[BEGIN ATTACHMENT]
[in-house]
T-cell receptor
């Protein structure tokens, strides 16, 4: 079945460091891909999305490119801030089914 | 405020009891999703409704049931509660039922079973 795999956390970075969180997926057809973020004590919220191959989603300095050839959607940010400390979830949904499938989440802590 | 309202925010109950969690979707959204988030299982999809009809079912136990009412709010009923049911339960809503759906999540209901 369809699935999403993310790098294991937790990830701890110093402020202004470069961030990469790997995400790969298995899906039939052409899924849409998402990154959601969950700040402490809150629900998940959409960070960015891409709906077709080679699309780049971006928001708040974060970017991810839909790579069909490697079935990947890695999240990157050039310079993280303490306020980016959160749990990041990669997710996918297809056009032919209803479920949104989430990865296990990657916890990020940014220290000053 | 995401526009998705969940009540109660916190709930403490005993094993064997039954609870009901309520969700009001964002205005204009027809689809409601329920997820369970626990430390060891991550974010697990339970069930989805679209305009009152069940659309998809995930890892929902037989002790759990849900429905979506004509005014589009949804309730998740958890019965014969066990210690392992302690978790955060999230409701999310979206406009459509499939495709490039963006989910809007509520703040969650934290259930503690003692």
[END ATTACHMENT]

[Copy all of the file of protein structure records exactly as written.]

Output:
[in-house]
T-cell receptor
């Protein structure tokens, strides 16, 4: 079945460091891909999305490119801030089914 | 405020009891999703409704049931509660039922079973 795999956390970075969180997926057809973020004590919220191959989603300095050839959607940010400390979830949904499938989440802590 | 309202925010109950969690979707959204988030299982999809009809079912136990009412709010009923049911339960809503759906999540209901 369809699935999403993310790098294991937790990830701890110093402020202004470069961030990469790997995400790969298995899906039939052409899924849409998402990154959601969950700040402490809150629900998940959409960070960015891409709906077709080679699309780049971006928001708040974060970017991810839909790579069909490697079935990947890695999240990157050039310079993280303490306020980016959160749990990041990669997710996918297809056009032919209803479920949104989430990865296990990657916890990020940014220290000053 | 995401526009998705969940009540109660916190709930403490005993094993064997039954609870009901309520969700009001964002205005204009027809689809409601329920997820369970626990430390060891991550974010697990339970069930989805679209305009009152069940659309998809995930890892929902037989002790759990849900429905979506004509005014589009949804309730998740958890019965014969066990210690392992302690978790955060999230409701999310979206406009459509499939495709490039963006989910809007509520703040969650934290259930503690003692």